Human rights groups active in the Arab community and in the Golan Heights have asked National Infrastructure Minister Yuval Steinitz and Interior Ministry officials to cancel the permits for oil drilling in the Golan Heights, saying they violate international law, which sees the Golan as occupied territory.
Earlier this month the Northern District Planning Committee approved a request for a permit to carry out test drilling for oil on the Golan at 11 locations on the Heights.
“The rule under which force may not be used to lead to or cause a transfer or change of sovereignty constitutes one of the fundamental principles of international humanitarian law,” wrote attorney Suhad Bishara of Adalah, which works to protect the rights of Israeli Arabs, and Karama Abu Saleh, from Al-Marsad – the Arab Human Rights Center in the Golan Heights. “An expression of this fundamental principle is also found in Section 47 of the Fourth Geneva Convention of 1949, which establishes, inter alia, the application of the convention to the population of an occupied territory, even if it has been annexed by the occupying force.”
The lawyers also argued that under the Hague Convention and international law, the occupying regime is allowed to use the public assets it manages, and even its yields, to fulfill its obligations under occupation laws, but it may not destroy these assets, transfer ownership to others or deplete them.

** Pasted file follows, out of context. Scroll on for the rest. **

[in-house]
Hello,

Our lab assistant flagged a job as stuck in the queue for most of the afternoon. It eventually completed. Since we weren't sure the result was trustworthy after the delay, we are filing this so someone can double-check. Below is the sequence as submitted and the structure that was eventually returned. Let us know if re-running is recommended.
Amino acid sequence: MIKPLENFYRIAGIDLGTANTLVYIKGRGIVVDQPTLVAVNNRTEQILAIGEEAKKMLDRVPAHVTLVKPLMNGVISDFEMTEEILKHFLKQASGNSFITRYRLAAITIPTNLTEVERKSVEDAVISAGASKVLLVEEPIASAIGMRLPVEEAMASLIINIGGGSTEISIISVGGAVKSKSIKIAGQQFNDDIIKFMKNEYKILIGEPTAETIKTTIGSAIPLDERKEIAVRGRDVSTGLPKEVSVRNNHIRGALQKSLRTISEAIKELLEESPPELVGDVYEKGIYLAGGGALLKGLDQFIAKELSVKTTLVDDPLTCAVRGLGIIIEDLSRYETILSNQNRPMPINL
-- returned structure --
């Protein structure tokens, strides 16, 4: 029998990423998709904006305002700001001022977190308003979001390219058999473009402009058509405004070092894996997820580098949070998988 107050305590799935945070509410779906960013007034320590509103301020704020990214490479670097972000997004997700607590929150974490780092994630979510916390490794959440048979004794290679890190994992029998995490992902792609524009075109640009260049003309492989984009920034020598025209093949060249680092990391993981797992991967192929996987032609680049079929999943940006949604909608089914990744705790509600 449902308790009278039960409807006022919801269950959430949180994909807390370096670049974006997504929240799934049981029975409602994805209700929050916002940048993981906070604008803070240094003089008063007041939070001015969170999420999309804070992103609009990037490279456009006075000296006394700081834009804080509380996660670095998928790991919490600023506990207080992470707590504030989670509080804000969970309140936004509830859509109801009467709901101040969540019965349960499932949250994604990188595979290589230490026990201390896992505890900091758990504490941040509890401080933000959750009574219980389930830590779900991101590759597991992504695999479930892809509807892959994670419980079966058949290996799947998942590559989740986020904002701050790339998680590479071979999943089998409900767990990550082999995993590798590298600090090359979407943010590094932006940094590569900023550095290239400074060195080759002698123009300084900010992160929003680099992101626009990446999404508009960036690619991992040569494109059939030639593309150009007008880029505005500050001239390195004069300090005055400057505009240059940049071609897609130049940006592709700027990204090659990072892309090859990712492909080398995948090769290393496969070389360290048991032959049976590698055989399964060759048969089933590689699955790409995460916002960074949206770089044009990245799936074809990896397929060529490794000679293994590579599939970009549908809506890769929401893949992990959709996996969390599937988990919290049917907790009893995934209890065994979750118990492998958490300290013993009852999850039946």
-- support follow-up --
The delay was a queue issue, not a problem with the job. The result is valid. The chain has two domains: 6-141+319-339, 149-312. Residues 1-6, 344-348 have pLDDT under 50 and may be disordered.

With regard to the oil, they argued that exploiting the oil reserves in the Golan Heights would be considered using public assets in contravention of these rules. Since oil is a finite resource, its production constitutes harming public property and is considered a violation of the Hague regulations.
It should be noted that the proposals to drill for oil on the Golan Heights have also come under broad criticism by Israeli environmentalists.
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